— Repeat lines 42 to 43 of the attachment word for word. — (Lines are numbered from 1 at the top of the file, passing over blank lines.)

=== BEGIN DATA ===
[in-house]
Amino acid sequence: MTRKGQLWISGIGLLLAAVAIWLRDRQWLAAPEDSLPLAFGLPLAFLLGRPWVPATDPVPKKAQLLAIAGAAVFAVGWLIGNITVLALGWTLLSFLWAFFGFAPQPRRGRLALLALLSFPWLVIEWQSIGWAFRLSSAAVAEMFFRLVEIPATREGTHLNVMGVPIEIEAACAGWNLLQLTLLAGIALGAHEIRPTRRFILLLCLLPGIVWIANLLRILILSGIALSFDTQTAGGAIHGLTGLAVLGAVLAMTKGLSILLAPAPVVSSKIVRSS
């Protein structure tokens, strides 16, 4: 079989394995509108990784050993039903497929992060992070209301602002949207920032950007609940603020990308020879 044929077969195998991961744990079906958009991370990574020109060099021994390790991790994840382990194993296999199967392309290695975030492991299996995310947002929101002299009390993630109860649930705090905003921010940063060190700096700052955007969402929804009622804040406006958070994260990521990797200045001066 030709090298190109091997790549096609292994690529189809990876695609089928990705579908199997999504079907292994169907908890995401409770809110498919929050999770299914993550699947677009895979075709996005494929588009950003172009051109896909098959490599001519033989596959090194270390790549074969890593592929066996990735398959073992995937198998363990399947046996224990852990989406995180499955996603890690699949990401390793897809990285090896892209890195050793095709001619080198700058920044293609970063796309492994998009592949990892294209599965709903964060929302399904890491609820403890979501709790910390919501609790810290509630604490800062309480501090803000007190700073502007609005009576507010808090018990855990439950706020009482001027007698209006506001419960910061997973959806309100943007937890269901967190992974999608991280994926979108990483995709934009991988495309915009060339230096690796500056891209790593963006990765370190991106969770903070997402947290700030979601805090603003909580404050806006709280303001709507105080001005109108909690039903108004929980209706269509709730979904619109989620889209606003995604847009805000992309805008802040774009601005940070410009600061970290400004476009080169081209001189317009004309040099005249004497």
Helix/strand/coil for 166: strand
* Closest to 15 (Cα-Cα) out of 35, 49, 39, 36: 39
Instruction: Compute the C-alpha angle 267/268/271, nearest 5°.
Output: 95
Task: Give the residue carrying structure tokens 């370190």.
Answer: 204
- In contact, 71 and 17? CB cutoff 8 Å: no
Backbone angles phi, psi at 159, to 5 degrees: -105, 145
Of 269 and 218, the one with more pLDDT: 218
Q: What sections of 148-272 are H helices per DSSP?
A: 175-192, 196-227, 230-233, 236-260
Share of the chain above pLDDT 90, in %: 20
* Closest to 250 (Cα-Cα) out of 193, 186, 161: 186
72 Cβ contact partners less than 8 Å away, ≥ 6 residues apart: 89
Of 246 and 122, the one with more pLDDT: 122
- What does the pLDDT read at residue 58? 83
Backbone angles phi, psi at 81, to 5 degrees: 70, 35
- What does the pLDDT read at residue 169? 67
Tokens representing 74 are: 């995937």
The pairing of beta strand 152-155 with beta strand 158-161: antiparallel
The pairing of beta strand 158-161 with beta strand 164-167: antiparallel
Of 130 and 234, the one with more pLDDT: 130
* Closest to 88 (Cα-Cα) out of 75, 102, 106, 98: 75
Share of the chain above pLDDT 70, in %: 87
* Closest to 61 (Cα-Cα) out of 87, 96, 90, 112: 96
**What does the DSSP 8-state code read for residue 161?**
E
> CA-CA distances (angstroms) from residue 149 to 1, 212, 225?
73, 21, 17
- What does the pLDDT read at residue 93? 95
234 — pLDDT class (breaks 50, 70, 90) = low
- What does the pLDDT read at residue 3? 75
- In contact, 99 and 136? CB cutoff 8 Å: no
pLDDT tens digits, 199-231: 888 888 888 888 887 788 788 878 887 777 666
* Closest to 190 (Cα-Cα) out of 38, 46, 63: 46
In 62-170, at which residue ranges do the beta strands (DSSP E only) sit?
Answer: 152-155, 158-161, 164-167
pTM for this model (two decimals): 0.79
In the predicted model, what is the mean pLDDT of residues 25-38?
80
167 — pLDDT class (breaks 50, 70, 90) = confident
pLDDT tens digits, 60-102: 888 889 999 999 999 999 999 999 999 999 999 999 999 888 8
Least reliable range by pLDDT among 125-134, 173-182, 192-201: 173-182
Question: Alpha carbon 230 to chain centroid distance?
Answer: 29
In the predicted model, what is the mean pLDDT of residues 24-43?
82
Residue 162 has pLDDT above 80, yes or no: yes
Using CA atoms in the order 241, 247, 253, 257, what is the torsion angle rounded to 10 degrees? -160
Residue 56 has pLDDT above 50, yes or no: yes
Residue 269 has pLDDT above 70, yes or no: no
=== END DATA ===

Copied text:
In the predicted model, what is the mean pLDDT of residues 25-38?
80